The instrument panel integrates a new instrument cluster with a standard 4.2-inch color display with reconfigurable features for the driver information center. The eight-inch touch screen with concealed storage behind it is matched with the available Chevrolet MyLink system.

All Impala models are fitted as standard with no less than 10 airbags – including dual front, front knee, front side, rear side and full-length side-curtain units. Traction and stability control systems and a tire-pressure monitoring system are also including.

Impala LTZ models come equipped with a forward collision warning system that alerts the driver if it detects an impending collision and can apply the brakes automatically to mitigate crash damage. They also feature a lane departure system that notifies the driver if the Impala begins to wander into an adjacent lane, a rear cross-traffic alert system that chimes when it detects cars, pedestrians or other obstacles in the car’s path during backup maneuvers, and a blind spot warning system.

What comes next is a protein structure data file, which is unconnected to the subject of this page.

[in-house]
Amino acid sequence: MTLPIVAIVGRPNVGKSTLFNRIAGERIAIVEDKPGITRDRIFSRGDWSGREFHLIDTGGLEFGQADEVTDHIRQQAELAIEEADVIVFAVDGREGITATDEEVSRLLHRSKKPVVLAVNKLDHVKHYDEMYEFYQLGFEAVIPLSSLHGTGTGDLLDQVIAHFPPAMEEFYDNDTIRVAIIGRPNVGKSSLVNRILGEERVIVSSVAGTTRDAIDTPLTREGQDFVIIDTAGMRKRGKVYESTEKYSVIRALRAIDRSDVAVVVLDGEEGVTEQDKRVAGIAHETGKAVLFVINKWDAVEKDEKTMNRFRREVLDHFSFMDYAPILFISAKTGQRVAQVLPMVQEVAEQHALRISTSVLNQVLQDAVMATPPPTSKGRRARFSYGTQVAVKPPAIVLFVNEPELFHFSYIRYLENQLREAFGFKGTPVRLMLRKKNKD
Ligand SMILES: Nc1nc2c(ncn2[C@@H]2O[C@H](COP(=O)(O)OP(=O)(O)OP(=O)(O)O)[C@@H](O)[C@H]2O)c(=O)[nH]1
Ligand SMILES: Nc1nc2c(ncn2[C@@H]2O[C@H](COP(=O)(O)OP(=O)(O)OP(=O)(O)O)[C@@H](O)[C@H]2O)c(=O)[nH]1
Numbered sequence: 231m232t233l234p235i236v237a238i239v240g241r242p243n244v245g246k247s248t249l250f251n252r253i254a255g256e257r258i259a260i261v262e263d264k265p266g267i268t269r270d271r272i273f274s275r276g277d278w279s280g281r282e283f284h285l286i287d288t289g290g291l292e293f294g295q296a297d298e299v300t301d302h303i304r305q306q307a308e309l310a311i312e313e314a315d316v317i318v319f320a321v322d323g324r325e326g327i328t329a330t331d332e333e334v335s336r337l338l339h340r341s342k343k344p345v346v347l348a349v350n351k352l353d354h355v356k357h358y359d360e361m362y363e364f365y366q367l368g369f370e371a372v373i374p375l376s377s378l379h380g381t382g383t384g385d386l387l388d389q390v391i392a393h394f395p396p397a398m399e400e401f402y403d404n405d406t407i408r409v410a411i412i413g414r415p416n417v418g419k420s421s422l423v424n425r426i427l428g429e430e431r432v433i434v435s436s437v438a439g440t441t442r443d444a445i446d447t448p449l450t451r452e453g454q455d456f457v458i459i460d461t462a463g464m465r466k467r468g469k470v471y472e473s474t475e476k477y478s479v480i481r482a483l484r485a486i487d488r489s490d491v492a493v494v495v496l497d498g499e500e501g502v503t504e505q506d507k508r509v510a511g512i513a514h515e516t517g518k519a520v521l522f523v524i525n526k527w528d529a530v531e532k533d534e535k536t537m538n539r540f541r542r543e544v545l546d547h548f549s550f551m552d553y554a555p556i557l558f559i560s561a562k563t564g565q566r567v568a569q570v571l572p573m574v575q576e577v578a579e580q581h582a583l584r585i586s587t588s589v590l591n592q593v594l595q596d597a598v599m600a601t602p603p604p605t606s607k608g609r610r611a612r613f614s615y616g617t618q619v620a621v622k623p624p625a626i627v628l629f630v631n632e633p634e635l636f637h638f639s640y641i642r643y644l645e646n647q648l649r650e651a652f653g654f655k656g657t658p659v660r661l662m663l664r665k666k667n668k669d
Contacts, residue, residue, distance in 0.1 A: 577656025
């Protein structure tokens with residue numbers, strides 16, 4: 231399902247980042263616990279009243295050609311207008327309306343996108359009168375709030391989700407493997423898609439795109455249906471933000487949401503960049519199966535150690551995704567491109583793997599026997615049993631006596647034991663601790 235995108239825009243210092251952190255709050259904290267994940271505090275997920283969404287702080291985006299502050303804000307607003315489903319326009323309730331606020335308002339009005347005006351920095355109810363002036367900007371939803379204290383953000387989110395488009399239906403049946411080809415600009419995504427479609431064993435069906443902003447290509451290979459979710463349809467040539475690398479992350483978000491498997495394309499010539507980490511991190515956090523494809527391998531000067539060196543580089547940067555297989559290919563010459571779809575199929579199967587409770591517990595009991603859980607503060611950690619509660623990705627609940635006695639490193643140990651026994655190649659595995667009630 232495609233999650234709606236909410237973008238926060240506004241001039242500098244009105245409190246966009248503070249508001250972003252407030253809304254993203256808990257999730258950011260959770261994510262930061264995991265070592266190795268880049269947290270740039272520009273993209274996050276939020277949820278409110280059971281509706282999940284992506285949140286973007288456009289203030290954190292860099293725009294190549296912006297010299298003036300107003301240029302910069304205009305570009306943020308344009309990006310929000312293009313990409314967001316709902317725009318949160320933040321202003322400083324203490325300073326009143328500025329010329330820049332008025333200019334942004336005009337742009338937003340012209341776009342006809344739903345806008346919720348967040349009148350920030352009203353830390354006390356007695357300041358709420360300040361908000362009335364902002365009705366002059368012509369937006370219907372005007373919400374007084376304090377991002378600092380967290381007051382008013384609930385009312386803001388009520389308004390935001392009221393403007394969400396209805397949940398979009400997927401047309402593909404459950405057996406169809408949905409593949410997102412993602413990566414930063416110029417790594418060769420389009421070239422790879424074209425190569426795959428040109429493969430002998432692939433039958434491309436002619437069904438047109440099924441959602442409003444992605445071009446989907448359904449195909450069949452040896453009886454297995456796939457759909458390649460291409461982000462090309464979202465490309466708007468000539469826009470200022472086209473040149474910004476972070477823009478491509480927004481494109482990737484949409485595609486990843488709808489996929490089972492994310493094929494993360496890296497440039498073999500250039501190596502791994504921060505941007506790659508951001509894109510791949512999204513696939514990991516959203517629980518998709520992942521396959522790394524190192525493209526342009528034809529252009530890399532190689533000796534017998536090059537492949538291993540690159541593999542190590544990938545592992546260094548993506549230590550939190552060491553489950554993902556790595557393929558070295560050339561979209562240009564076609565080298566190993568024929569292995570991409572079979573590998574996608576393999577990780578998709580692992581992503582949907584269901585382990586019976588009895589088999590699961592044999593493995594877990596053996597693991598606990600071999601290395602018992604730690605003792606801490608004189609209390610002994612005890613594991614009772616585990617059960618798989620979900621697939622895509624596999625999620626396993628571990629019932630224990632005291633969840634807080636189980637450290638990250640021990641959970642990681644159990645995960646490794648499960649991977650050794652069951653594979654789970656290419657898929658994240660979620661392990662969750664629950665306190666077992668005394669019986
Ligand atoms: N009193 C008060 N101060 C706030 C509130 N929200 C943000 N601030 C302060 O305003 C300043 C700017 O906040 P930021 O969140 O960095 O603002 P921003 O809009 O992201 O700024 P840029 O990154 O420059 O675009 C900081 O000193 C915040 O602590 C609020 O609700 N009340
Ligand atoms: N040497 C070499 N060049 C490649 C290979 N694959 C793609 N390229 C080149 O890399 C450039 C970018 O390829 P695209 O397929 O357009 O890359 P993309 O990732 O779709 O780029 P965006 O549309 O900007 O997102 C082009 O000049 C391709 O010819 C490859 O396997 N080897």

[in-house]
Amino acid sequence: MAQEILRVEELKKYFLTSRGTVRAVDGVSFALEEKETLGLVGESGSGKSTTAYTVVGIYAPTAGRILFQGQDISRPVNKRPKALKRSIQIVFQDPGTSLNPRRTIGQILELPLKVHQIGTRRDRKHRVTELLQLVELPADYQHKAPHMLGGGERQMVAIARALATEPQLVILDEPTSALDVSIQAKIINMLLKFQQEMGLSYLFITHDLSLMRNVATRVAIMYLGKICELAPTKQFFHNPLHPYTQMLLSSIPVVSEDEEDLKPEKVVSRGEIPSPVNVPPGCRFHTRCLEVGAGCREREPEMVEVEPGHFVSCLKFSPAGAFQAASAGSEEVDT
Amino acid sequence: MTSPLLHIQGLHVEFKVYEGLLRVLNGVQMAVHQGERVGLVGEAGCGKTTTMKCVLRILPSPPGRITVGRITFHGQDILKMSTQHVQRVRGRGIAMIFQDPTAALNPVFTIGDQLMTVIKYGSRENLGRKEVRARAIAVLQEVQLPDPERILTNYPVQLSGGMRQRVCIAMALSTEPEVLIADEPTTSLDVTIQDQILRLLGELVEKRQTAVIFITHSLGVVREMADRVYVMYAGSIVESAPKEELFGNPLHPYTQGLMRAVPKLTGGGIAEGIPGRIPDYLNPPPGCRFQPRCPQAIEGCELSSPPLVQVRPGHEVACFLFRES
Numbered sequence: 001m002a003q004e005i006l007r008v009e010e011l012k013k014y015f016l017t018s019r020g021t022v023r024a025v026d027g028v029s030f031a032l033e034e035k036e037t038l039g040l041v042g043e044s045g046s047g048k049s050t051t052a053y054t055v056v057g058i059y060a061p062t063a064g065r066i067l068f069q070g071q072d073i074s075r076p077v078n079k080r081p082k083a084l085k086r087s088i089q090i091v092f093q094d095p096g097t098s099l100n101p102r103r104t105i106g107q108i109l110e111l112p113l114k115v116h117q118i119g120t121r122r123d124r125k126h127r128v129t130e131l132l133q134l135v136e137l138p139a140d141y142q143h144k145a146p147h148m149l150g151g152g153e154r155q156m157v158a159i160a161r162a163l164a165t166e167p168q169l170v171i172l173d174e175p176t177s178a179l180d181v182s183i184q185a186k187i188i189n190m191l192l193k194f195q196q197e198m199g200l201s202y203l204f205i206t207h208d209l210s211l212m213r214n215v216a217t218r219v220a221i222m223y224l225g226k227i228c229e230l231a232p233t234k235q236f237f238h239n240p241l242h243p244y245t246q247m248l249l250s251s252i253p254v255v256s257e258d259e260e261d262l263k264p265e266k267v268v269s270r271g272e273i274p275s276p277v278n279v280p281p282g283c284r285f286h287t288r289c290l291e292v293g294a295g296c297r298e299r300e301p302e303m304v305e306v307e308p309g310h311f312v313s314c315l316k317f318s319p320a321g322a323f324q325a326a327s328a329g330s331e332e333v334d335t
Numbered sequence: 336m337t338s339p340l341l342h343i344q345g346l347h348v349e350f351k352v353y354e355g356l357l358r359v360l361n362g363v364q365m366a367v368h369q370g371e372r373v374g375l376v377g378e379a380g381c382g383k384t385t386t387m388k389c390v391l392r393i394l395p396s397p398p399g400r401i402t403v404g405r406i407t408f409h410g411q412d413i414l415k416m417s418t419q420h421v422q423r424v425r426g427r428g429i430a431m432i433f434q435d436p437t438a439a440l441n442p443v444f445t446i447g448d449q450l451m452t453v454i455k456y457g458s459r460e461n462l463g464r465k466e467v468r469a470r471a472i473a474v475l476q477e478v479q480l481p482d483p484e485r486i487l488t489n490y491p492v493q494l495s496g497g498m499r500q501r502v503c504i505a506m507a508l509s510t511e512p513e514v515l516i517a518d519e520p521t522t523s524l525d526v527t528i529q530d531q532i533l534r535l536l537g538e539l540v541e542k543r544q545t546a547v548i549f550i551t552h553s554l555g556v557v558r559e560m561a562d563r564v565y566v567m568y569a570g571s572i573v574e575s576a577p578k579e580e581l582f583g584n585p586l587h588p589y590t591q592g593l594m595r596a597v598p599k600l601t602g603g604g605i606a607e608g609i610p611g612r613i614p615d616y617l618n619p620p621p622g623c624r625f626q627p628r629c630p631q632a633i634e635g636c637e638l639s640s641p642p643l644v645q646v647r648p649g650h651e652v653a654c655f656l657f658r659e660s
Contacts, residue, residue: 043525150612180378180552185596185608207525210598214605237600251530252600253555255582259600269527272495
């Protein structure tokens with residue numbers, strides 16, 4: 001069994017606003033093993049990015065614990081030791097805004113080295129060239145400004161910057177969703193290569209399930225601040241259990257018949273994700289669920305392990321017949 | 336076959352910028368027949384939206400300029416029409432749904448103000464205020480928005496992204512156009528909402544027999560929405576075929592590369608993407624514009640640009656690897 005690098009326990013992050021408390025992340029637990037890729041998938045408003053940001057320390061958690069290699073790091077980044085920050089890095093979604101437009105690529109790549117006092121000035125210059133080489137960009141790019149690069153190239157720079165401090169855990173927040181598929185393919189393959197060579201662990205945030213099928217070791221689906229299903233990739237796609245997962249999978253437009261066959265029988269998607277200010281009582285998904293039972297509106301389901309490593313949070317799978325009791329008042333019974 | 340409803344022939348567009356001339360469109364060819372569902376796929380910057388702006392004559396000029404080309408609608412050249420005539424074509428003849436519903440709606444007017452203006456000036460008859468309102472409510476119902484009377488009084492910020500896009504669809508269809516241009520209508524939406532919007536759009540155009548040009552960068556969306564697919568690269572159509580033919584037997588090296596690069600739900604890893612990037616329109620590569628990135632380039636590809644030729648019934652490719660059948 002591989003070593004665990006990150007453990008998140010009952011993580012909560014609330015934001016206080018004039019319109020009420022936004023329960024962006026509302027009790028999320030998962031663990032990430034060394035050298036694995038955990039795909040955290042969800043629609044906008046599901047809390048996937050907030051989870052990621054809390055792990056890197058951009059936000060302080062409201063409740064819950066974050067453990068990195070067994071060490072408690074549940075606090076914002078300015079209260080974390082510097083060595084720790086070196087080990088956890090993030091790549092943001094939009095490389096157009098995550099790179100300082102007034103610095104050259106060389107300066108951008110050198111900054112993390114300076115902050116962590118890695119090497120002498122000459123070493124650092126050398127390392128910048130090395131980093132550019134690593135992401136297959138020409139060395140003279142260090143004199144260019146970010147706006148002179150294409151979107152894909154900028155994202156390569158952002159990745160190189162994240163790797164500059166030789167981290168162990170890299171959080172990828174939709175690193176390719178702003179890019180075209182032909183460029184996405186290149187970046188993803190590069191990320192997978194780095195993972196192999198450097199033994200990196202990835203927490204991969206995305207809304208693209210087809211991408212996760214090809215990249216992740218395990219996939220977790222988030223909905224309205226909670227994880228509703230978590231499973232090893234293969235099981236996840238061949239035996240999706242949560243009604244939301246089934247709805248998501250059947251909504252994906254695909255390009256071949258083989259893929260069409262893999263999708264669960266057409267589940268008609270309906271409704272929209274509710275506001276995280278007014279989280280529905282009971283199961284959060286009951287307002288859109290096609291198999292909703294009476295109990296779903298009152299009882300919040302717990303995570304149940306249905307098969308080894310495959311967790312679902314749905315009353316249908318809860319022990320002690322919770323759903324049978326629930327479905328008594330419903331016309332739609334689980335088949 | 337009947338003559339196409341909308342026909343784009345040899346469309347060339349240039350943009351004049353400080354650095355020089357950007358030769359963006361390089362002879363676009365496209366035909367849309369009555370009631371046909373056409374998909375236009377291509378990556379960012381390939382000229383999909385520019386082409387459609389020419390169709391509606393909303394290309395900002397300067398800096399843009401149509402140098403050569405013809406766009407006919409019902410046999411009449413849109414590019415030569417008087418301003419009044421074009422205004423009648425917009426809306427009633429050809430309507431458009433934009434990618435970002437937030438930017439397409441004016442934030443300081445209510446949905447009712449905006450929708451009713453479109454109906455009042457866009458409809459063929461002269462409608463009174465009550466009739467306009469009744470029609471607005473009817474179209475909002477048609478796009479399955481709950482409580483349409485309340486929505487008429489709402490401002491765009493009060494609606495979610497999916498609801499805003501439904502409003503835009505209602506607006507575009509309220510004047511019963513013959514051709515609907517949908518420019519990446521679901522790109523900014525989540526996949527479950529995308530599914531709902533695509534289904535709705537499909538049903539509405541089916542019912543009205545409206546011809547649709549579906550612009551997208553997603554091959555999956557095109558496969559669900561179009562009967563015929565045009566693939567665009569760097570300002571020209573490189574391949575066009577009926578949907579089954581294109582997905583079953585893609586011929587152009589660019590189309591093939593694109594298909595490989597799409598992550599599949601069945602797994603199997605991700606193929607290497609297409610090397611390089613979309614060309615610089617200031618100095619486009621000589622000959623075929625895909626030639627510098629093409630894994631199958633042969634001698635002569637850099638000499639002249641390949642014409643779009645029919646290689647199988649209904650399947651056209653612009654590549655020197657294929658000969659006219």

The sophistication of Impala is matched by the extensive care that Chevrolet provides. The new 2014 Impala comes standard with Chevrolet Complete Care that includes oil and oil filter changes, 4-wheel tire rotation and a 27-point vehicle inspection.

What else can you ask for from one of the most iconic sedans in the world. Try it for yourself… see what the fuzz is all about and see why we were so impressed with this new reinvented Impala!